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Corporate Transparency Act Will Require New Layer of Compliance for Private Companies

Corporate Transparency Act Will Require New Layer of Compliance for Private Companies


A vast number of private businesses will face new requirements on how – and whether – they report their beneficial ownership interests to the U.S. government, effective at the start of 2024.  While the time for compliance starts in several months, the time to prepare is now.

The new federal Corporate Transparency Act (CTA), passed in 2021 with rules finalized in 2022, requires a host of new and existing companies doing business in the United States to report their beneficial ownership information to the Financial Crimes Enforcement Network (FCEN), which is part of the U.S. Department of Treasury.   According to FCEN (www.fincen.gov), these new regulations will allow “law enforcement, national security agencies, and others to help prevent criminals, terrorists, proliferators, and corrupt oligarchs from hiding illicit money or other property in the United States.”  

Certain types of private businesses will be exempt, often because they face other similar reporting requirements, and smaller companies, determined by number of employees or annual revenues, will also not need to report.

Following is an overview of the CTA’s requirements, from timing and definitions, as well as its penalties for noncompliance.  We also will review what information needs to be reported.  Finally, we will review the exemptions to the CTA’s reporting requirements.

What CTA Requires

Starting January 1, 2024, a “Reporting Company” must report its “Beneficial Owners” and “Applicants” to FCEN within 30 days after the Reporting Company’s formation or registration to do business in the US, and ongoing updates within 30 days after changes to Beneficial Owners or 30 days after becoming aware.

Timing for Compliance:

What is a “Reporting Company”: Any entity with either less than 20 full-time employees in the United States or less than $5 million in U.S.-based revenue as reported on its most recent federal tax return, unless exempt, typically because of a pre-existing obligation to report Beneficial Owners (i.e., there are 23 exemption categories but almost all require the entity to have some separate obligation to report its ownership or control to the government  such as public companies, banks, broker-dealers, insurance companies, utlities, etc).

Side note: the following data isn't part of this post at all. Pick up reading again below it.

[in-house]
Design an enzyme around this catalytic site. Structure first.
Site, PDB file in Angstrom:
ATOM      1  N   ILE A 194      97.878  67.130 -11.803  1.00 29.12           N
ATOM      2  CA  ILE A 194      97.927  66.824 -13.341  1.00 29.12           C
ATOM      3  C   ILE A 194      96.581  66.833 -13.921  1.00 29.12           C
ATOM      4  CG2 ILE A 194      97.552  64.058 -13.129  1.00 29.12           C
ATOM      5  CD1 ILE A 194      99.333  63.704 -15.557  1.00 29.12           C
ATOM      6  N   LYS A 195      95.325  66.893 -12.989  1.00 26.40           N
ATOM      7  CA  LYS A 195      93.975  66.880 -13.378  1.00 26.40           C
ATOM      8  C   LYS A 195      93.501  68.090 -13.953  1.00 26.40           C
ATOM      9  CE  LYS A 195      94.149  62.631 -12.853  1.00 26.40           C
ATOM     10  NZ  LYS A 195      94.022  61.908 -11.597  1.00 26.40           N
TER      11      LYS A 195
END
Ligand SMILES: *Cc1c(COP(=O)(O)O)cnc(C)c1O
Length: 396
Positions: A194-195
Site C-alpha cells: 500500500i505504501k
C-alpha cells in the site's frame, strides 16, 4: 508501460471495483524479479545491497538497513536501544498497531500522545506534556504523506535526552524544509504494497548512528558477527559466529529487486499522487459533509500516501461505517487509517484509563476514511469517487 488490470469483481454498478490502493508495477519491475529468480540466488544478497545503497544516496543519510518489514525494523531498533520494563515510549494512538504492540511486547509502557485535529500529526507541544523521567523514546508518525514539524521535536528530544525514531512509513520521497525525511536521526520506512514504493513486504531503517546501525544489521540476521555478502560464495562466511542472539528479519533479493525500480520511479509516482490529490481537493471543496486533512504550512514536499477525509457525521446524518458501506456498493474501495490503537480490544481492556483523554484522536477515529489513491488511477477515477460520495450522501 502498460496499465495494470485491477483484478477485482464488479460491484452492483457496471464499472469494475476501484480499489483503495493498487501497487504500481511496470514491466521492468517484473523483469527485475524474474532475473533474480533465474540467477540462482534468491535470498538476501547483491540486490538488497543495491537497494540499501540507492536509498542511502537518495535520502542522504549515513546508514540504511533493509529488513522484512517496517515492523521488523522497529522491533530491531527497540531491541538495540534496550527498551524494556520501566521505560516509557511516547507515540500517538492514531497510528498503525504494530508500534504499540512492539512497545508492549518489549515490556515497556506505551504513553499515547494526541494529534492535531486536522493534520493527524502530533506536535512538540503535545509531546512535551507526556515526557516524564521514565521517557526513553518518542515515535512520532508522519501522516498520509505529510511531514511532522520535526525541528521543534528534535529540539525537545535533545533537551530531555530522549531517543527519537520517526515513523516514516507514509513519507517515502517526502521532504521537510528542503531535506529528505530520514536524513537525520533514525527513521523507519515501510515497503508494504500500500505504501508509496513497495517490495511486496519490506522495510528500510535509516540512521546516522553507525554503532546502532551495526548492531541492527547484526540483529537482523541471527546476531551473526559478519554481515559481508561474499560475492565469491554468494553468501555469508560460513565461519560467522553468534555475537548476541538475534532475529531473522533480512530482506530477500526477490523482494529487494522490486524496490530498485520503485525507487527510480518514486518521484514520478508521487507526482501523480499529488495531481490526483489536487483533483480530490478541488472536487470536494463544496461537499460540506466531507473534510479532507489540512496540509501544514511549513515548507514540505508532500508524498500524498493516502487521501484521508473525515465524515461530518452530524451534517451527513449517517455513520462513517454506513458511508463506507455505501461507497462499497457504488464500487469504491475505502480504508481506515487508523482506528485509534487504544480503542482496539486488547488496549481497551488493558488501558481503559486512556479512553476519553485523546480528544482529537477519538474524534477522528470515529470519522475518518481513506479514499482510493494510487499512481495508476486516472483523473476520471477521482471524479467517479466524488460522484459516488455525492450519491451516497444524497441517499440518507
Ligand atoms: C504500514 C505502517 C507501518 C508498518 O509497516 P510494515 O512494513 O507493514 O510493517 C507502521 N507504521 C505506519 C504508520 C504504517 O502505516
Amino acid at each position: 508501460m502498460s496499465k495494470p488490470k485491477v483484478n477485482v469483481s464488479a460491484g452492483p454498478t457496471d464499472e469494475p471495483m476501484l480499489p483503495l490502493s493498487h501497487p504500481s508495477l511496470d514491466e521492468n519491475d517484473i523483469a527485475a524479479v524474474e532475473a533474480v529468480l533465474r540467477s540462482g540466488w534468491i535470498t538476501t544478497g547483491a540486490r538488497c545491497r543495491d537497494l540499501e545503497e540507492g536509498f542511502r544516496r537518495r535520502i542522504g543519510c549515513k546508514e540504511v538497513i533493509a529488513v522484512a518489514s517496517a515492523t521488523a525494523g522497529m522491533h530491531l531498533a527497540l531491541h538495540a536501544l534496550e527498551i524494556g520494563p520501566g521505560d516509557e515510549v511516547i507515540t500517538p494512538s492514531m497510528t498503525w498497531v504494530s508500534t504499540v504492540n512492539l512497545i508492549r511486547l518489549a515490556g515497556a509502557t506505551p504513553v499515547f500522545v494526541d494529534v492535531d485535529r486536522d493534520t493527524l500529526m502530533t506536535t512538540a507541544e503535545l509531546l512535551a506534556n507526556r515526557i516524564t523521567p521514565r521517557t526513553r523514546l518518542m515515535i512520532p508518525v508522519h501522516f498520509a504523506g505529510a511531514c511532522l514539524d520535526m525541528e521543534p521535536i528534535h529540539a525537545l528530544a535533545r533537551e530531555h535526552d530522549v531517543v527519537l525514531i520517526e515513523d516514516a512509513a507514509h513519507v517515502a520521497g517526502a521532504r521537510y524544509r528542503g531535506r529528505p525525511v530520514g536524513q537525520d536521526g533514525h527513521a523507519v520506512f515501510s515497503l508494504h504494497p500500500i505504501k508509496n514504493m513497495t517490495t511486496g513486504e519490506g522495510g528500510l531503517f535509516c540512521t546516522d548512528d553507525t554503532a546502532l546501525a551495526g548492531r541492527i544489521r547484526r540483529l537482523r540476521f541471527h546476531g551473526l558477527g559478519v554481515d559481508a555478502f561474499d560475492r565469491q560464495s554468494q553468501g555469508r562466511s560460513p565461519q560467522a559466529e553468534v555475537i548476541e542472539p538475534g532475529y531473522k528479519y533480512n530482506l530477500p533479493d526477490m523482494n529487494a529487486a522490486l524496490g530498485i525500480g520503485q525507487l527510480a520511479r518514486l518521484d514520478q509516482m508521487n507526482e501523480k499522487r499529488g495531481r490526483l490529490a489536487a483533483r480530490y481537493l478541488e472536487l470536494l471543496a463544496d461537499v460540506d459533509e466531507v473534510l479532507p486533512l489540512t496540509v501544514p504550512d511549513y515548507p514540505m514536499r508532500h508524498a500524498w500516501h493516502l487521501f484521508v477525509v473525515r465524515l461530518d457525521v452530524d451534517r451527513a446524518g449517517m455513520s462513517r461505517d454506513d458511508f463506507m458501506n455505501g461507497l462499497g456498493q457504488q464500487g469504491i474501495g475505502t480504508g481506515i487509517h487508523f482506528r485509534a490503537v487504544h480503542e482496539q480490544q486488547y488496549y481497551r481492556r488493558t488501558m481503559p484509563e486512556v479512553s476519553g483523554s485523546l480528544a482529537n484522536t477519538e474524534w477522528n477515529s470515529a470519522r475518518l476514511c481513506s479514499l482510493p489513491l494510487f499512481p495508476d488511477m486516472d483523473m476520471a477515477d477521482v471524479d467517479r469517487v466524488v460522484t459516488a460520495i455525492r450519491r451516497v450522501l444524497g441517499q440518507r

Who is a “Beneficial Owner”Each 25% equity owners and any others with Substantial Control over the Reporting Company, such as a senior officer.

Substantial Control” is very broad and means, any of the following:

Applicant means both (1) the individual who directly files the document that creates the Reporting Company or registers it in a U.S. jurisdiction; and (2) the individual who is primarily responsible for directing or controlling such filing. (87 Fed. Reg. 59536 (Sept. 30, 2022)

Information to be Reported:  FCEN has not yet created the specific reporting forms, but Reporting Companies will need to report.

Reporting Company Information to Be Reported

  1. The full name of the Reporting Company;
  2. Any trade name or ‘‘doing business as’’ name;
  3. The business street address of the reporting company
  4. Principal place of business in the U.S. or primary location in the US
    • For a Domestic Reporting Company, the State or Tribal jurisdiction of formation; or
    • For a Foreign Reporting Company, State, or Tribal jurisdiction where such company first registers. 

The IRS Taxpayer Identification Number (TIN) (including an EIN of the reporting company, or where a reporting company has not yet been issued a TIN, one of the following: (1) Dun & Bradstreet Data Universal Numbering System (DUNS) number; or (2) Legal Entity Identifier (LEI).

Beneficial Owner and Applicant Information to Be Reported

  1. Full legal name of the individual
  2. Date of birth of the individual
  3. Complete current address
    1. Residential Address for each Beneficial Owner
    2. Business Address for each Applicant
  4. ID showing Identifying Number and Issuing Jurisdiction, such as
    1. A non-expired passport (U.S. or Foreign)
    2. A non-expired ID issued by a government entity (e.g. driver’s license). 
  5. An Image of the ID from which the ID number was obtained. 

87 Fed. Reg. 59517-19 (Sept. 30, 2022)

What Companies Are Exempt From CTA Reporting Requirements

The exemptions most likely to be useful to most businesses are:

1. Large Reporting Company Exemption (must fit all criteria below) 

Take AwayMost small businesses, special purpose vehicles and single member entities used for investment or advisory are Reporting Companies.